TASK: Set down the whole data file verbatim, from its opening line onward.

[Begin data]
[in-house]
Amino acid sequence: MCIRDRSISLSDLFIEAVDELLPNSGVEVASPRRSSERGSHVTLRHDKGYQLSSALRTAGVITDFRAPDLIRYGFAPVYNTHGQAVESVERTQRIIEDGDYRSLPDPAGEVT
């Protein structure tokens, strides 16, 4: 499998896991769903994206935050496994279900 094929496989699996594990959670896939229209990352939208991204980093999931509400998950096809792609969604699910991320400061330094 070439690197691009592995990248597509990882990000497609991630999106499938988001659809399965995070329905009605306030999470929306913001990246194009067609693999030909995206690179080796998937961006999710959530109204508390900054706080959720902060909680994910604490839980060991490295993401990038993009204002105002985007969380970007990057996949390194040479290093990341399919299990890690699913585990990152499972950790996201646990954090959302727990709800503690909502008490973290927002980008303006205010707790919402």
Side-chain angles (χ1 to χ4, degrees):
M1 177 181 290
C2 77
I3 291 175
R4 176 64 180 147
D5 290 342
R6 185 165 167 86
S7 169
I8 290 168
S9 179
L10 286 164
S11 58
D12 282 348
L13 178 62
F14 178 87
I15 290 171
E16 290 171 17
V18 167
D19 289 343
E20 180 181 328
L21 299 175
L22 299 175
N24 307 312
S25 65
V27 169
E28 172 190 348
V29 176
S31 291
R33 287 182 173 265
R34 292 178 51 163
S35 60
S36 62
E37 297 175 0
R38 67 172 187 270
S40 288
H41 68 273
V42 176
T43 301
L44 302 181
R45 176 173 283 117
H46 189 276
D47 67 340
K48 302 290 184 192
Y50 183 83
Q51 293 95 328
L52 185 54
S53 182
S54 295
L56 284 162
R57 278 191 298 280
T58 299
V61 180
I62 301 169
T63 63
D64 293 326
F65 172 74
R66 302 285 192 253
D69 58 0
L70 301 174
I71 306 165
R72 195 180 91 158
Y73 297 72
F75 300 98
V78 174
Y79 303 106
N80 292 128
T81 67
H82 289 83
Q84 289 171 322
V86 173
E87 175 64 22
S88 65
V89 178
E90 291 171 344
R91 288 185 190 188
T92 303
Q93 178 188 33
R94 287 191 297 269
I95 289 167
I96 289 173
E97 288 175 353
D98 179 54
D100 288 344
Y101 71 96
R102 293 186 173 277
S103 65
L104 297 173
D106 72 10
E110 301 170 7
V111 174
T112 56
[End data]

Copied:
[in-house]
Amino acid sequence: MCIRDRSISLSDLFIEAVDELLPNSGVEVASPRRSSERGSHVTLRHDKGYQLSSALRTAGVITDFRAPDLIRYGFAPVYNTHGQAVESVERTQRIIEDGDYRSLPDPAGEVT
């Protein structure tokens, strides 16, 4: 499998896991769903994206935050496994279900 094929496989699996594990959670896939229209990352939208991204980093999931509400998950096809792609969604699910991320400061330094 070439690197691009592995990248597509990882990000497609991630999106499938988001659809399965995070329905009605306030999470929306913001990246194009067609693999030909995206690179080796998937961006999710959530109204508390900054706080959720902060909680994910604490839980060991490295993401990038993009204002105002985007969380970007990057996949390194040479290093990341399919299990890690699913585990990152499972950790996201646990954090959302727990709800503690909502008490973290927002980008303006205010707790919402």
Side-chain angles (χ1 to χ4, degrees):
M1 177 181 290
C2 77
I3 291 175
R4 176 64 180 147
D5 290 342
R6 185 165 167 86
S7 169
I8 290 168
S9 179
L10 286 164
S11 58
D12 282 348
L13 178 62
F14 178 87
I15 290 171
E16 290 171 17
V18 167
D19 289 343
E20 180 181 328
L21 299 175
L22 299 175
N24 307 312
S25 65
V27 169
E28 172 190 348
V29 176
S31 291
R33 287 182 173 265
R34 292 178 51 163
S35 60
S36 62
E37 297 175 0
R38 67 172 187 270
S40 288
H41 68 273
V42 176
T43 301
L44 302 181
R45 176 173 283 117
H46 189 276
D47 67 340
K48 302 290 184 192
Y50 183 83
Q51 293 95 328
L52 185 54
S53 182
S54 295
L56 284 162
R57 278 191 298 280
T58 299
V61 180
I62 301 169
T63 63
D64 293 326
F65 172 74
R66 302 285 192 253
D69 58 0
L70 301 174
I71 306 165
R72 195 180 91 158
Y73 297 72
F75 300 98
V78 174
Y79 303 106
N80 292 128
T81 67
H82 289 83
Q84 289 171 322
V86 173
E87 175 64 22
S88 65
V89 178
E90 291 171 344
R91 288 185 190 188
T92 303
Q93 178 188 33
R94 287 191 297 269
I95 289 167
I96 289 173
E97 288 175 353
D98 179 54
D100 288 344
Y101 71 96
R102 293 186 173 277
S103 65
L104 297 173
D106 72 10
E110 301 170 7
V111 174
T112 56